The Tiger’s Wife meets A History of Love in this inventive, lushly imagined debut novel that explores the intersections of family secrets, Jewish myths, the legacy of war and history, and the bonds between sisters.
When Eli Burke dies, he leaves behind a mysterious notebook full of stories about a magical figure named The White Rebbe, a miracle worker in league with the enigmatic Angel of Losses, protector of things gone astray, and guardian of the lost letter of the alphabet, which completes the secret name of God.
When his granddaughter, Marjorie, discovers Eli’s notebook, everything she thought she knew about her grandfather—and her family—comes undone. To find the truth about Eli’s origins and unlock the secrets he kept, she embarks on an odyssey that takes her deep into the past, from 18th century Europe to Nazi-occupied Lithuania, and back to the present, to New York City and her estranged sister Holly, whom she must save from the consequences of Eli’s past.
Interweaving history, theology, and both real and imagined Jewish folktales, The Angel of Losses is a family story of what lasts, and of what we can—and cannot—escape.
Hardcover: 288 pages
Publisher: Ecco (July 29, 2014)
Publisher: Ecco (July 29, 2014)
I grew up without a strong cultural or religious identity so I have fascination for stories or books that give me a glimpse into a these worlds. The Angel of Losses is steeped in religion, history and Jewish culture and moves back and forth between current day and the past. The book starts with a grandfather telling a story to his granddaughters about the White Magician--a story that results in nightmares for Holly, the younger sister, and frustrates Marjorie, the older one. Forward to current day, a grownup Marjorie is earning her PhD and writing her dissertation on The Wandering Jew, a traveling sorcerer. Holly has married, converted to Orthodox Judiasm and is heavily pregnant. The once close sisters are now vastly different and have grown apart. When Marjorie comes across one of her grandfathers notebooks with a story of the White Magician, or White Rebbe, she becomes obsessed with finding the rest of his notebooks, uncovering her grandfather's and her family's secrets and helping her sister and repairing their relationship.
This book is not what I would call an easy read--it takes some time to dive in and some effort to keep all of the details straight. I had a slow start with it because I tend to do the bulk of my reading at night before going to sleep and I have had a crazy few weeks where I have been mentally exhausted writing a workshop and prepping for a trip next week to facilitate it. A sleepy Deb and this book were not a good match--I kept getting confused on what was past, what was present, what was real, what was a story, a fantasy, or a dream, and even who all of the characters were. When I finally got my materials turned in this past weekend and could focus (and sleep), I found myself totally absorbed in the story. It still made me scratch my head a few times but the stories that Eli told were beautiful and the relationship between Marjorie and Holly seemed very real. A book to sink deeply into if you like folklore, religion, cultural heritage and family dramas.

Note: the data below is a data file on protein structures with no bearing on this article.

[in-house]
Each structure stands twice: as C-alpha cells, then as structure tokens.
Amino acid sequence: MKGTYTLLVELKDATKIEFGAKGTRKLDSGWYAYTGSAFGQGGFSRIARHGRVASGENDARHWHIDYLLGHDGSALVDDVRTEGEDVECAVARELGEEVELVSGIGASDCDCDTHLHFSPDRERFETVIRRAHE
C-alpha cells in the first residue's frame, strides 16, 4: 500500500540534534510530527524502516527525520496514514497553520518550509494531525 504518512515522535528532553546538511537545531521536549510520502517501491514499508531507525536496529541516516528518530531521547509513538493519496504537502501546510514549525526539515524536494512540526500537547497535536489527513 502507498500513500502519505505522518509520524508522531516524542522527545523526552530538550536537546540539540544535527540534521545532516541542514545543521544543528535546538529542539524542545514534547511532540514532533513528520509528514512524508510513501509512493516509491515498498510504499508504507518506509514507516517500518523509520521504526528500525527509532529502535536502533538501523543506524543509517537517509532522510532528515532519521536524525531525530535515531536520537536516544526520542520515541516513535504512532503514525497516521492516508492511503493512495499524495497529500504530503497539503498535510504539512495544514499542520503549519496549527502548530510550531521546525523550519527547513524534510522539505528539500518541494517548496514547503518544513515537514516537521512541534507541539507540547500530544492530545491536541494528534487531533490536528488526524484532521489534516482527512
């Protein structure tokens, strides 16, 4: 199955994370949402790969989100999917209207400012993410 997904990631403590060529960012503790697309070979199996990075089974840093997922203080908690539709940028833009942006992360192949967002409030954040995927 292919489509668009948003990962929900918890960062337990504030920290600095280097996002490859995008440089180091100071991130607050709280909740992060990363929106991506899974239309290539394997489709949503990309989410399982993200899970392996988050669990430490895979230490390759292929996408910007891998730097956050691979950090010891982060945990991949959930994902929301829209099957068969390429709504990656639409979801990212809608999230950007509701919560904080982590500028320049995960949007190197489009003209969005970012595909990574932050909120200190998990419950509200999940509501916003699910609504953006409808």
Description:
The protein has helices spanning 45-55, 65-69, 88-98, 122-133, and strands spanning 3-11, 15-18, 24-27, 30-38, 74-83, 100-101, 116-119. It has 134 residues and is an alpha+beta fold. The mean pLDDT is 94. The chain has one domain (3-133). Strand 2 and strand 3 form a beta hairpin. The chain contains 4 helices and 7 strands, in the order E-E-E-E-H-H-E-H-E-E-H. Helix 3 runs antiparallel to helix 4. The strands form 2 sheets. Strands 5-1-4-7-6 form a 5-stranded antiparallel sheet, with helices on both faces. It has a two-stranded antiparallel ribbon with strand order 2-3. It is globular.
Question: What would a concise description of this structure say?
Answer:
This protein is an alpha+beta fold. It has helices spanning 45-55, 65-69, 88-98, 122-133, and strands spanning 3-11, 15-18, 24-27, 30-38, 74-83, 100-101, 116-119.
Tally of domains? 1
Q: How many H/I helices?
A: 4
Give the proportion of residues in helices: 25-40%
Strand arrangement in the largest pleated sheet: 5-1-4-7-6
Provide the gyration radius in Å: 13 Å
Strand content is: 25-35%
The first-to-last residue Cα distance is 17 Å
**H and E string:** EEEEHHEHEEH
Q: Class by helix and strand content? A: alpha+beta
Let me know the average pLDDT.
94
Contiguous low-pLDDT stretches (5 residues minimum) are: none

Stephanie Feldman is a graduate of Barnard College. She lives outside Philadelphia with her husband and her daughter.
You can connect with her on her website.
In looking for a dish to represent the book, I actually went to a dish I having been wanting to make ever since seeing Ruth Reichel's recipe for it. Matzo Brei (which translates to 'fried matzah'), doesn't have much to do with the story--other than being a Jewish comfort food dish, although Grandpa Eli did take Marjorie and Holly out for breakfast regularly when they were young, and there were a few mentions of eggs in the story. But, when Ruth Reichel calls something "one of life's perfect foods"--you know you should give it a try.
Ruth Reichl's Matzo Brei
Adapted from Gourmet, July 2004 via epicurious.com
4 large eggs
1 teaspoon salt, or to taste (I reduced slightly)
3/4 stick (6 tablespoons) unsalted butter (I reduced to about 1/2)
(I added freshly ground black pepper)
Crumble matzos into a large sieve placed over a bowl to catch crumbs, then hold sieve under running cold water until matzos are moist and softened but not completely disintegrated, about 15 seconds. Transfer to bowl with crumbs, then add eggs and salt and mix gently with a fork.
Heat butter in a 10- to 12-inch skillet over moderately high heat until foam subsides. Add matzo mixture and cook, stirring constantly, until eggs are scrambled and matzo has begun to crisp, about 3 minutes.
Notes/Results: Simple but pretty darn tasty, I can see matzoh brei becoming a regular thing on my breakfast rotation--at least until the box of maztoh is gone. ;-) I really liked the chewy/crispy pieces of matzoh in the scrambled eggs. Reading the reviews for Reichel's matzoh brei online, there are many variations of preparation and family recipes with additions like onion, apples, raisins, cinnamon, sugar, etc. For me, black pepper is a must with eggs but I liked this simple version--not sure if a sweeter variation would appeal to me. I made two servings and halved the butter and reduced the salt--as no one 'needs' that much butter and sodium. ;-) I might not classify it as one of life's perfect foods but certainly a good one.
Note: A review copy of "The Angel of Losses" was provided by the publisher and TLC Book Tours in return for a fair and honest review. I was not compensated for this review and as always my thoughts and opinions are my own.
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